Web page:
George talks in a 360 video about the refugee crisis in Burundi, from Nduta camp in Tanzania.

I first went to Africa as a (very young) Peace Corps volunteer in Burkina Faso in the 1970s, and thought I would quickly return. Somehow, 30 years passed before I went back, as I spent the first part of my working life living out of a backpack as an instructor for Outward Bound and the National Outdoor Leadership School, then as a studio potter, with a brief dark period as a stockbroker. In 1991 I returned to graduate school to become a psychologist, expecting to work with juvenile delinquents, and instead, I then somehow found myself a college professor. For the last 20 years, I have trained mental health counselors and psychologists, and I currently teach at the University of New Mexico.

Along the way, a few years ago, I learned that Doctors Without Borders had a need for Mental Health professionals, and shortly thereafter, in 2010, I was in the Democratic Republic of Congo, flying between three different projects in an area affected by both violence and endemic illnesses such as sleeping sickness. Several years after that, I found myself in a refugee camp, on the border between Libya and Tunisia, during the Libyan civil war, initially coordinating mental health efforts, and then when the war ended, closing the our activities there as the Project Coordinator.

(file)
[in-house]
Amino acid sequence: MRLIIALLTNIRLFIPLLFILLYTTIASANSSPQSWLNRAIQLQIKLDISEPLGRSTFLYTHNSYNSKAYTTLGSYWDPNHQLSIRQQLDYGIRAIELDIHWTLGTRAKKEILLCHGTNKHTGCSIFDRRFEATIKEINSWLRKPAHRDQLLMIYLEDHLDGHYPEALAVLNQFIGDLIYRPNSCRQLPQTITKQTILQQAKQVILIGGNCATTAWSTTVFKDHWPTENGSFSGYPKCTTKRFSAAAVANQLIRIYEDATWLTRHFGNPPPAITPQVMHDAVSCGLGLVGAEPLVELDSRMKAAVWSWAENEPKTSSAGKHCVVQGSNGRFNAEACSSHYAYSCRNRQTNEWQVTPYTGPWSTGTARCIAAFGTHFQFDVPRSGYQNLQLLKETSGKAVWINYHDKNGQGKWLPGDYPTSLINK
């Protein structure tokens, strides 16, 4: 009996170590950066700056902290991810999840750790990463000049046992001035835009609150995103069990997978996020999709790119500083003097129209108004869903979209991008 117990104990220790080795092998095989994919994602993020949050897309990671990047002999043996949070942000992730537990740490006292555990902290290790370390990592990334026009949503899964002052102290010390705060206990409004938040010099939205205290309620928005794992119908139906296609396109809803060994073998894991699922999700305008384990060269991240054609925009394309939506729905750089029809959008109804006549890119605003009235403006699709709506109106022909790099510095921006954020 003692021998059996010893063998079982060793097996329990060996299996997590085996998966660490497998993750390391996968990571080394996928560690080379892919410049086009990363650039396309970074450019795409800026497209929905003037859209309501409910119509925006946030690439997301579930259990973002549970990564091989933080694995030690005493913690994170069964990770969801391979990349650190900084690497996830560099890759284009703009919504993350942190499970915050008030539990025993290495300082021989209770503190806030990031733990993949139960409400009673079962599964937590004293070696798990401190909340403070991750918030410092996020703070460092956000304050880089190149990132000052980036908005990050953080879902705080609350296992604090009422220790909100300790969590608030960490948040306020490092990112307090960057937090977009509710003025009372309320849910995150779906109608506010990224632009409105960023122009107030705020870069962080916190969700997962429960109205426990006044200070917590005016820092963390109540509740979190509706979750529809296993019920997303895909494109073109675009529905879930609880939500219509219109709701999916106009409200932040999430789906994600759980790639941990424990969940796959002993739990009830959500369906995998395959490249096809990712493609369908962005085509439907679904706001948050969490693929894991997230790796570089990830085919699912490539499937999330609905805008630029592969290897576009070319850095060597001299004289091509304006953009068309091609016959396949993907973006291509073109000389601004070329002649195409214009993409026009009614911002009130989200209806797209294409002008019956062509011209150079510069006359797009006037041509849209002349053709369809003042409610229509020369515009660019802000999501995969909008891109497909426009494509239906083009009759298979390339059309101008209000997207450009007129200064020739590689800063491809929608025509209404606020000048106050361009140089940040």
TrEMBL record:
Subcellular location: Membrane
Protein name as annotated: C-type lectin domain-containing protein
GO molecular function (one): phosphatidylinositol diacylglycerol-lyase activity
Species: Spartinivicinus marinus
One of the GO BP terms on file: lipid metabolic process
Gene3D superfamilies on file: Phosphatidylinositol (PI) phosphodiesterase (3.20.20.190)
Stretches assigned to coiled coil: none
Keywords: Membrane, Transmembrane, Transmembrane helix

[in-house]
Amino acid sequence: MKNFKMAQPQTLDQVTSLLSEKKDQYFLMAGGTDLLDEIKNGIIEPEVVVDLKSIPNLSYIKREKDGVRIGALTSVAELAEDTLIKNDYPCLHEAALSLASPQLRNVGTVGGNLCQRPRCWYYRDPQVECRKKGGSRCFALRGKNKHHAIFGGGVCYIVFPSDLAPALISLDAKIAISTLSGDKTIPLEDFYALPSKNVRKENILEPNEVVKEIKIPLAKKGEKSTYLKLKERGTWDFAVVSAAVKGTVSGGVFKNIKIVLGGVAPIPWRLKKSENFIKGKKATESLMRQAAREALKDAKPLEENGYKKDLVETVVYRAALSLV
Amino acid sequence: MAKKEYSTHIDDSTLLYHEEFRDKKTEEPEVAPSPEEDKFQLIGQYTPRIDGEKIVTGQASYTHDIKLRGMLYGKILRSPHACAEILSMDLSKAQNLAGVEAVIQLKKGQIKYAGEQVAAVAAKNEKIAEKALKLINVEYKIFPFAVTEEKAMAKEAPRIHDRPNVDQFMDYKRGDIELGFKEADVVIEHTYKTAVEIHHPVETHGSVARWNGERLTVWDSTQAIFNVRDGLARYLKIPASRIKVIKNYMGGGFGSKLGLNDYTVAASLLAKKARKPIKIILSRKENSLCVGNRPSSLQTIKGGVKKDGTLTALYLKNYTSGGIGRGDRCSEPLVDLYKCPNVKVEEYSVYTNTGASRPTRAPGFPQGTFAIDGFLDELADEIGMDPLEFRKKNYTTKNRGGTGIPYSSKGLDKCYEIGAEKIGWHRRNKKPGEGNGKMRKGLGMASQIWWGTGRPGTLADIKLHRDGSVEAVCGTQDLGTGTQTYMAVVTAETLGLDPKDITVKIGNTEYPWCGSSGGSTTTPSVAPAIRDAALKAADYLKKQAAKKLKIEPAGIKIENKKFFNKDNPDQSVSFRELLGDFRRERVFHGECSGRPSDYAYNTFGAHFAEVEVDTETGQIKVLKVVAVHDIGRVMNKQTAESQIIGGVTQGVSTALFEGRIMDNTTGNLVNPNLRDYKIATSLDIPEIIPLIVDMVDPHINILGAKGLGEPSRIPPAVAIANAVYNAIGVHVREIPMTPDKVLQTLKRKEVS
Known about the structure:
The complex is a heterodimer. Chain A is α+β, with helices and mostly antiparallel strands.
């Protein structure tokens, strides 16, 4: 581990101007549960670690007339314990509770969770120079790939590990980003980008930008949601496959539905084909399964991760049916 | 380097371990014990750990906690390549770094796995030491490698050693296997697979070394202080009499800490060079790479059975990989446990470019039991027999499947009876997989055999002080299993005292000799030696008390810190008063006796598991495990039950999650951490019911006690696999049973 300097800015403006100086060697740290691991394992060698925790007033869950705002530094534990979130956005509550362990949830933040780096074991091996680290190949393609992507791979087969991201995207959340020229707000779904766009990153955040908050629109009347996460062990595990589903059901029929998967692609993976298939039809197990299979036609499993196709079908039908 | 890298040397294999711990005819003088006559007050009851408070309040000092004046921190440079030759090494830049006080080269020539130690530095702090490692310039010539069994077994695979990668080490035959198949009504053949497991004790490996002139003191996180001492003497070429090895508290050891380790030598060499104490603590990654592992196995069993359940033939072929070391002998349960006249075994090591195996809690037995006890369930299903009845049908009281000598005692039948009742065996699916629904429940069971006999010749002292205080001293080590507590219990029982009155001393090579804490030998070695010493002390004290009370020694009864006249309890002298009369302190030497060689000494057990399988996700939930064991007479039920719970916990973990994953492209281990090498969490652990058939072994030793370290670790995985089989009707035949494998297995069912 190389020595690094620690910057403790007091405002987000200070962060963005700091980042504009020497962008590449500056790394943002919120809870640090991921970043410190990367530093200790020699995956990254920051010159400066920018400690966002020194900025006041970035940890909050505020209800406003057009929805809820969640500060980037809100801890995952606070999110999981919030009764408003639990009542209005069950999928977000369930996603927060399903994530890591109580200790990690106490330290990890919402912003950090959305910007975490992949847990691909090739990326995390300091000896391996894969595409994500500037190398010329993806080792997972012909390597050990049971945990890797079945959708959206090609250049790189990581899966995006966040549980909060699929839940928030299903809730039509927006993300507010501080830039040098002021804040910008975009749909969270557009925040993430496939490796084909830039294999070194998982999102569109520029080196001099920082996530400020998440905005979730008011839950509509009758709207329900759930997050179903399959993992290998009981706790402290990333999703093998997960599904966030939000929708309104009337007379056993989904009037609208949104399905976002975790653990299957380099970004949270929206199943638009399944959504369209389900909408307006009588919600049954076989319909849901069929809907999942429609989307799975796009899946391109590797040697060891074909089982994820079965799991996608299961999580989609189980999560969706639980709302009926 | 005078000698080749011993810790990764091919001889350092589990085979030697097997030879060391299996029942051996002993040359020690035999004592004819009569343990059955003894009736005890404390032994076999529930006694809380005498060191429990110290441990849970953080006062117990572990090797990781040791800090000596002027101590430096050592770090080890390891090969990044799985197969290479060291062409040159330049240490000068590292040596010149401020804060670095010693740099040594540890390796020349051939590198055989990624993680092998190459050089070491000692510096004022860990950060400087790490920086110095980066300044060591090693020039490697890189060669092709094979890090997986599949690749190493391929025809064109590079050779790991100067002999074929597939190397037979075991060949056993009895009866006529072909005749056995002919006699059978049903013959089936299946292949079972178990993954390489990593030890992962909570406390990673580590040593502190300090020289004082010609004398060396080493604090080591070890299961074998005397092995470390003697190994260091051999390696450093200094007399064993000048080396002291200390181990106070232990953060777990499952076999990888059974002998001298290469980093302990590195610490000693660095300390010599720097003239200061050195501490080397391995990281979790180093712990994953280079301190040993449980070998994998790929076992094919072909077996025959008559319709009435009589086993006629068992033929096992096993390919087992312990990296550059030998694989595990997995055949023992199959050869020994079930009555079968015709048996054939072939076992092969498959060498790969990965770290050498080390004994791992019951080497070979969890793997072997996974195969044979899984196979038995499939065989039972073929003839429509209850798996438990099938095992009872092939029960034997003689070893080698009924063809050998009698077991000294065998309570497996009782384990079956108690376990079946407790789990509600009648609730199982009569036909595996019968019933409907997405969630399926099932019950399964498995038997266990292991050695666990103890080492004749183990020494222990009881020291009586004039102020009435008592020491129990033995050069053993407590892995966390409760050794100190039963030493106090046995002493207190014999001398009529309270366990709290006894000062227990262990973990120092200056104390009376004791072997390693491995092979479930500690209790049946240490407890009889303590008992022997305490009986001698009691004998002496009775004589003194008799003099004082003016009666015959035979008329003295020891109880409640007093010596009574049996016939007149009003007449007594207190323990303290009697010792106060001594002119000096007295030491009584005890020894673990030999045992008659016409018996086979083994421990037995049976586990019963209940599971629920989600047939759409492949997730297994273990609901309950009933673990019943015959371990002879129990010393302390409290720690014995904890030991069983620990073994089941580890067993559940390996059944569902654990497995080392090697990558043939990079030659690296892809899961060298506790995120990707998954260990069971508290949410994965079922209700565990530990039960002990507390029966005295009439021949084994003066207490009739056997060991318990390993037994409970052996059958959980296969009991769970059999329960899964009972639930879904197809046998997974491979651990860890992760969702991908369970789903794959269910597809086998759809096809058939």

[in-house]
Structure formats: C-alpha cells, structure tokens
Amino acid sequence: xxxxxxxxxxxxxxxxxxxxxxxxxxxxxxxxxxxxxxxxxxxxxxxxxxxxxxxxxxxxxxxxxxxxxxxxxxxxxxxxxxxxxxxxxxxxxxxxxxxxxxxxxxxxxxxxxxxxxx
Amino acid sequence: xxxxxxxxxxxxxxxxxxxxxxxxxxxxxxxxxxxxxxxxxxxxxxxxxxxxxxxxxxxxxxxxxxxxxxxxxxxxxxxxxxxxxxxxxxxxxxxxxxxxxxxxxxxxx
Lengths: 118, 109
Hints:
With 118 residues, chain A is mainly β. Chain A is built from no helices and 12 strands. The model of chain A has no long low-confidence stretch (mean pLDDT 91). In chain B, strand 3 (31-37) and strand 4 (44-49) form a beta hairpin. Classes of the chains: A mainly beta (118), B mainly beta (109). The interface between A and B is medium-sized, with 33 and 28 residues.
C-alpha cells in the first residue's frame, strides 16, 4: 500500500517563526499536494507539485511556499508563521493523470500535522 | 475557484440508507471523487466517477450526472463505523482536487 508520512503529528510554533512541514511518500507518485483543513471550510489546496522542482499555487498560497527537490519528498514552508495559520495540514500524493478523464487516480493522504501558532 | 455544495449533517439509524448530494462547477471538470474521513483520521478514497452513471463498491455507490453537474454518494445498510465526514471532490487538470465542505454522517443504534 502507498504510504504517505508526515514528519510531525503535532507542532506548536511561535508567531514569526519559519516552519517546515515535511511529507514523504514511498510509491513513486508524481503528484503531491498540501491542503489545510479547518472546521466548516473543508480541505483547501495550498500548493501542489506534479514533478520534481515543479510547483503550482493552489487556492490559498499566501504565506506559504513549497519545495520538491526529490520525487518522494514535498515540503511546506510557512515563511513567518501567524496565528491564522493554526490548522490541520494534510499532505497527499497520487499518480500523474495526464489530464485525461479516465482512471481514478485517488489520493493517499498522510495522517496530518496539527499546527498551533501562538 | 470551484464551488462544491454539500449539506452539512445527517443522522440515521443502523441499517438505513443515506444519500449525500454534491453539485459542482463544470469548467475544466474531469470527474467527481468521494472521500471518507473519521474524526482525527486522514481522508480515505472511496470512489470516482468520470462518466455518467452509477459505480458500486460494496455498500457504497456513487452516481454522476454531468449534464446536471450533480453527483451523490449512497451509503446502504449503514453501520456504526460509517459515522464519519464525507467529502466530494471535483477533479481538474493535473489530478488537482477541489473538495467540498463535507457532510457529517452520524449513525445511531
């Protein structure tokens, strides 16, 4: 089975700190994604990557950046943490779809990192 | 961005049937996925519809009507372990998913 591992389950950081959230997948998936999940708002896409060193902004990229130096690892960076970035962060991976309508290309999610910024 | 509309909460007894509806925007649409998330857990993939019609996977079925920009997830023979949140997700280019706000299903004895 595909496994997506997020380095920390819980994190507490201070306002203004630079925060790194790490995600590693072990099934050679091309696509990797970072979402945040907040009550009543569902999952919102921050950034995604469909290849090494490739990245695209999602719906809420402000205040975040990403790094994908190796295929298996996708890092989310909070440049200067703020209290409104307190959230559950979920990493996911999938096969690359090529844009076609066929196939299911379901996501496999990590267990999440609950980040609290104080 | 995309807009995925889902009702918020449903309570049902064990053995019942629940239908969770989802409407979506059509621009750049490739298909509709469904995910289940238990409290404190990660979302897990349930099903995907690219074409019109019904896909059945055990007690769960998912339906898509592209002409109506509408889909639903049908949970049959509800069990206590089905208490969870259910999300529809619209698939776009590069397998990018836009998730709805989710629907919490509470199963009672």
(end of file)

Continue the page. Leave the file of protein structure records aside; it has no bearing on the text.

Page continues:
Meanwhile, we have become an MSF family, as my wife is now a project administrator in South Sudan, and will soon be returning from her own first mission.

My exact role on this trip is still somewhat in flux, as the specific needs are quickly shifting. But just as MSF works hard to be able to respond quickly to changing needs, I have gotten used to the ambiguity. Mostly, the trick is to pack really light, eat lots of duty-free chocolate (for your mental health), and take a hot shower whenever you have the chance.....